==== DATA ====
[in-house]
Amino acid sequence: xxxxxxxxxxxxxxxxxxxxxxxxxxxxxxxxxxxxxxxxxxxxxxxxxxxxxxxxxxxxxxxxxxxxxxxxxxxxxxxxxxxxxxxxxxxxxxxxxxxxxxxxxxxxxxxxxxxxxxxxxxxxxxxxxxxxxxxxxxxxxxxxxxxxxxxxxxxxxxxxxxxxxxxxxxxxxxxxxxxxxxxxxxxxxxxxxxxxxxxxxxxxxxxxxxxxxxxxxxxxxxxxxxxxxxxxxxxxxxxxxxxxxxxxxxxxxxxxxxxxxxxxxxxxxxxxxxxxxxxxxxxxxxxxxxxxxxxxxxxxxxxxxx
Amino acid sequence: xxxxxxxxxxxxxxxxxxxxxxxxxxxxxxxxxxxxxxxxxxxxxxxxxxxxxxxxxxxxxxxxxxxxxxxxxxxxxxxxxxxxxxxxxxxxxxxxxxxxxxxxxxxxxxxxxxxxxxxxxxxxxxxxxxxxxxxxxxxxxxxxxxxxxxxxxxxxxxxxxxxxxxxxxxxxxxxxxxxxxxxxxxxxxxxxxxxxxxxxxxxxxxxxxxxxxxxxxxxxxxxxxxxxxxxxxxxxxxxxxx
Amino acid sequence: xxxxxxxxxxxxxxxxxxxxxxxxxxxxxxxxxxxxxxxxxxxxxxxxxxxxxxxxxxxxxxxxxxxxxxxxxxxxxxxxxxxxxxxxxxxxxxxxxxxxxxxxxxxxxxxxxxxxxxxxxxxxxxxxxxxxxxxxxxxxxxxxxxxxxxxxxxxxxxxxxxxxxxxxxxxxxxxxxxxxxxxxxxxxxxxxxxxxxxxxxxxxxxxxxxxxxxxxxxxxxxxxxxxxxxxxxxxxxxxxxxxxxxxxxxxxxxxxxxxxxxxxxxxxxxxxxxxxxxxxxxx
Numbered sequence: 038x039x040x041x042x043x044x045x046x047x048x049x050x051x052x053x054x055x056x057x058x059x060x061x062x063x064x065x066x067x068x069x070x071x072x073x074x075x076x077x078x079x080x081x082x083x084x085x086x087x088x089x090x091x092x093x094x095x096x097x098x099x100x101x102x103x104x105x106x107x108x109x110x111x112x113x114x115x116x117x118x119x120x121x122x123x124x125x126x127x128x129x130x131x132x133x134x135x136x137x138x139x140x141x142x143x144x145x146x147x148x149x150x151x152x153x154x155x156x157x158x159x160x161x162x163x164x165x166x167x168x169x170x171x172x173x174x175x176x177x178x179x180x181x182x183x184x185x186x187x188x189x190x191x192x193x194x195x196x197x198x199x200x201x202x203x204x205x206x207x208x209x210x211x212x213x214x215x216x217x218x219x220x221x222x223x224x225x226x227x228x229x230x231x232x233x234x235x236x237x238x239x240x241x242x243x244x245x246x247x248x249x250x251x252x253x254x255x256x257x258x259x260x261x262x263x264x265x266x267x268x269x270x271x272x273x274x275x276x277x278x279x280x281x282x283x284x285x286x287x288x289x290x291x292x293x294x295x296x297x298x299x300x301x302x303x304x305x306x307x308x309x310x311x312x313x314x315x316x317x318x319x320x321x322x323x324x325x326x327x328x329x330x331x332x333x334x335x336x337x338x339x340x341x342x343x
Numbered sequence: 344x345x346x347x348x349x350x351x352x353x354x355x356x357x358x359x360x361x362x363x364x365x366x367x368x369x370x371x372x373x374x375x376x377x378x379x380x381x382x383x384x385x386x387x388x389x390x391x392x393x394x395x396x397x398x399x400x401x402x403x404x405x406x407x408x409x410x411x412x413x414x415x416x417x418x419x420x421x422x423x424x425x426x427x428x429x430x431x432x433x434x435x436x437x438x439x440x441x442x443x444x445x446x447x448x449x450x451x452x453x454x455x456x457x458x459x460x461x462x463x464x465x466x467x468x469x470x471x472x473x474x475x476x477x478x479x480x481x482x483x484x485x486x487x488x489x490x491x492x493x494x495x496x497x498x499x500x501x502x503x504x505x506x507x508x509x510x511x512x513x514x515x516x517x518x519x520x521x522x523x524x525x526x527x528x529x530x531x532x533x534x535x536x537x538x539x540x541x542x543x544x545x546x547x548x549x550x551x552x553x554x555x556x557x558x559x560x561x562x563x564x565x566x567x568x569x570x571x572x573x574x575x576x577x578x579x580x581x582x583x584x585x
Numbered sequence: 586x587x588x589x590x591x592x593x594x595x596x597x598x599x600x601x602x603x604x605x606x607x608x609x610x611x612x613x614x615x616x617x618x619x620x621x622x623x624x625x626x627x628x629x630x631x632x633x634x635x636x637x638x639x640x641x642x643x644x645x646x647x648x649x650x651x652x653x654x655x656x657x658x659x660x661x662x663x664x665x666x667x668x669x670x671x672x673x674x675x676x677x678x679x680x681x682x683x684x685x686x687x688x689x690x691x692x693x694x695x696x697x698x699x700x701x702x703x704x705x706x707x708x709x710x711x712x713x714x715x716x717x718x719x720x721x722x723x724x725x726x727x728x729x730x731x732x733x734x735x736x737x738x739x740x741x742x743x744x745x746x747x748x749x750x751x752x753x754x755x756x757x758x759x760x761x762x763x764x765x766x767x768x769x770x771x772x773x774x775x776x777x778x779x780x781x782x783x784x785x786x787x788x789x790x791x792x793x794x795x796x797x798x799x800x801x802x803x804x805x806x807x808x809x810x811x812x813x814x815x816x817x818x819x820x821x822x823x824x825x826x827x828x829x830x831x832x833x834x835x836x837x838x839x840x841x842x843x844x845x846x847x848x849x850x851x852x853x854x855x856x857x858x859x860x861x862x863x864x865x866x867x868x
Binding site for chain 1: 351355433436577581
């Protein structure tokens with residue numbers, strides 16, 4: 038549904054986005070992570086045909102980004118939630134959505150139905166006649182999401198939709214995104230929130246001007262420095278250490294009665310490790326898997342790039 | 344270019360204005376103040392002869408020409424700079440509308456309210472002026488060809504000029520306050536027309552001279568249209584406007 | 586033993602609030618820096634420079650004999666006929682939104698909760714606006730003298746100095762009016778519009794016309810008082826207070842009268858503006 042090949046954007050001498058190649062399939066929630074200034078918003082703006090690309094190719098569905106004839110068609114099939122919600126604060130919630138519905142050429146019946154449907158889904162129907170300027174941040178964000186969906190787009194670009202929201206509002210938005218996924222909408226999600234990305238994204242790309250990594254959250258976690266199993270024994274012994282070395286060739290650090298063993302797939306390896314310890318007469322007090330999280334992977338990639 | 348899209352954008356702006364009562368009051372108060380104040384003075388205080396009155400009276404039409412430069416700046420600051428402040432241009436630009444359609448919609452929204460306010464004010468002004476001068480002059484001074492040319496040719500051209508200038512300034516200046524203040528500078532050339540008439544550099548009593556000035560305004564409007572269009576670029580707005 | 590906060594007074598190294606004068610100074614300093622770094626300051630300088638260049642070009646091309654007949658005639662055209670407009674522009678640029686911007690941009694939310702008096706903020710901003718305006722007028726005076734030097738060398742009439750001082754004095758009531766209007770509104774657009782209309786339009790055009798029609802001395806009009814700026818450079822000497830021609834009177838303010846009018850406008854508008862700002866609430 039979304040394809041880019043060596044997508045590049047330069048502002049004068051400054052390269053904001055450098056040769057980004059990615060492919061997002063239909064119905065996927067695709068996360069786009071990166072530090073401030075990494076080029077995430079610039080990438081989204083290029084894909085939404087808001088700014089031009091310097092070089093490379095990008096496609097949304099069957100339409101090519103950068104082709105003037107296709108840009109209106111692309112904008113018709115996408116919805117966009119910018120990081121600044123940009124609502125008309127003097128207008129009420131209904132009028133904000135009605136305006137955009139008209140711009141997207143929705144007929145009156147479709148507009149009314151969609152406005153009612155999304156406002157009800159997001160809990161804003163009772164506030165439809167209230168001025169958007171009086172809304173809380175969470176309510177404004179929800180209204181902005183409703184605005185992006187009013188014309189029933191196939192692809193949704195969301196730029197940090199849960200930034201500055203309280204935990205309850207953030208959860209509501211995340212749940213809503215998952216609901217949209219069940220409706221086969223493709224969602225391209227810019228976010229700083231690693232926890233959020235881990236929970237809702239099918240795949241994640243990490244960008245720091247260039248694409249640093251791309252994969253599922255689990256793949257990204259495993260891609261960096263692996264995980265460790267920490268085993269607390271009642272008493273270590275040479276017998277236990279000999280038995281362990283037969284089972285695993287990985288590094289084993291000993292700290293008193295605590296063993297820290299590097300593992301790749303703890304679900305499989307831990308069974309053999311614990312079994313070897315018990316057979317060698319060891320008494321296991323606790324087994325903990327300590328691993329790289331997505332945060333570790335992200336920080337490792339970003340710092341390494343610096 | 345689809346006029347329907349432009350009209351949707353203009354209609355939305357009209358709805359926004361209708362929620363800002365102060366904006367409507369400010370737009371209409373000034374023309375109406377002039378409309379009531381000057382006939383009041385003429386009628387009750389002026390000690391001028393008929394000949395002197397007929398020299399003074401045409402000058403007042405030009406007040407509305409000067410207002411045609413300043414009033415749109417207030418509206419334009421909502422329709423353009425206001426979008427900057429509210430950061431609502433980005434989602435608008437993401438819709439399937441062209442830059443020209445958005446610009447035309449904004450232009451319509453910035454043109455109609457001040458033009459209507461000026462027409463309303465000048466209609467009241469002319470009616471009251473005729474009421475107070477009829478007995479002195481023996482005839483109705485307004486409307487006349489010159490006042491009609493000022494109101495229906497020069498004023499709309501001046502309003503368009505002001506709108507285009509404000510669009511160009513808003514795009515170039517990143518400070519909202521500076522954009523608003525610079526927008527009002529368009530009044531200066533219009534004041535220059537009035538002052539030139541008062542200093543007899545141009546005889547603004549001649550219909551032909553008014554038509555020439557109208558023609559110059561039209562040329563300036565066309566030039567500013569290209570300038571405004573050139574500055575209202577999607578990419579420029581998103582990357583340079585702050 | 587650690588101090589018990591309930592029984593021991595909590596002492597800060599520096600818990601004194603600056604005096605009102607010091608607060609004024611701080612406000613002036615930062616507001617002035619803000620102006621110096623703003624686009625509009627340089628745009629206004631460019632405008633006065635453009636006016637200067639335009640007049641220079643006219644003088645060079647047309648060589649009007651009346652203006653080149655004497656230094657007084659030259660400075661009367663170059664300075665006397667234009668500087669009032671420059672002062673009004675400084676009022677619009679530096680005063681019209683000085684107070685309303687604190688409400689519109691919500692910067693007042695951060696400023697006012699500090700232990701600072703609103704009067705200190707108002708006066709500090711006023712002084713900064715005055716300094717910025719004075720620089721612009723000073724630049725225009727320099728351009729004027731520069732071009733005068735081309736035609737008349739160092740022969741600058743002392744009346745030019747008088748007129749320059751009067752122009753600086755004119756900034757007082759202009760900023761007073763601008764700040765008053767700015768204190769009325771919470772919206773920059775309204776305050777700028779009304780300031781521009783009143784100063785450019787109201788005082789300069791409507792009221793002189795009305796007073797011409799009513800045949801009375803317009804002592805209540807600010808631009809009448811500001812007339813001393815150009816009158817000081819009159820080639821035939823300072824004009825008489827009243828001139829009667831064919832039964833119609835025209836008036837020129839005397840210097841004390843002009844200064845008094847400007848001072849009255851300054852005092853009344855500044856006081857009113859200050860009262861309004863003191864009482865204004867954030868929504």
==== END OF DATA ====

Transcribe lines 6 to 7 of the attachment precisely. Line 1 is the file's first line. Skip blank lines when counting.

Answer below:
Numbered sequence: 344x345x346x347x348x349x350x351x352x353x354x355x356x357x358x359x360x361x362x363x364x365x366x367x368x369x370x371x372x373x374x375x376x377x378x379x380x381x382x383x384x385x386x387x388x389x390x391x392x393x394x395x396x397x398x399x400x401x402x403x404x405x406x407x408x409x410x411x412x413x414x415x416x417x418x419x420x421x422x423x424x425x426x427x428x429x430x431x432x433x434x435x436x437x438x439x440x441x442x443x444x445x446x447x448x449x450x451x452x453x454x455x456x457x458x459x460x461x462x463x464x465x466x467x468x469x470x471x472x473x474x475x476x477x478x479x480x481x482x483x484x485x486x487x488x489x490x491x492x493x494x495x496x497x498x499x500x501x502x503x504x505x506x507x508x509x510x511x512x513x514x515x516x517x518x519x520x521x522x523x524x525x526x527x528x529x530x531x532x533x534x535x536x537x538x539x540x541x542x543x544x545x546x547x548x549x550x551x552x553x554x555x556x557x558x559x560x561x562x563x564x565x566x567x568x569x570x571x572x573x574x575x576x577x578x579x580x581x582x583x584x585x
Numbered sequence: 586x587x588x589x590x591x592x593x594x595x596x597x598x599x600x601x602x603x604x605x606x607x608x609x610x611x612x613x614x615x616x617x618x619x620x621x622x623x624x625x626x627x628x629x630x631x632x633x634x635x636x637x638x639x640x641x642x643x644x645x646x647x648x649x650x651x652x653x654x655x656x657x658x659x660x661x662x663x664x665x666x667x668x669x670x671x672x673x674x675x676x677x678x679x680x681x682x683x684x685x686x687x688x689x690x691x692x693x694x695x696x697x698x699x700x701x702x703x704x705x706x707x708x709x710x711x712x713x714x715x716x717x718x719x720x721x722x723x724x725x726x727x728x729x730x731x732x733x734x735x736x737x738x739x740x741x742x743x744x745x746x747x748x749x750x751x752x753x754x755x756x757x758x759x760x761x762x763x764x765x766x767x768x769x770x771x772x773x774x775x776x777x778x779x780x781x782x783x784x785x786x787x788x789x790x791x792x793x794x795x796x797x798x799x800x801x802x803x804x805x806x807x808x809x810x811x812x813x814x815x816x817x818x819x820x821x822x823x824x825x826x827x828x829x830x831x832x833x834x835x836x837x838x839x840x841x842x843x844x845x846x847x848x849x850x851x852x853x854x855x856x857x858x859x860x861x862x863x864x865x866x867x868x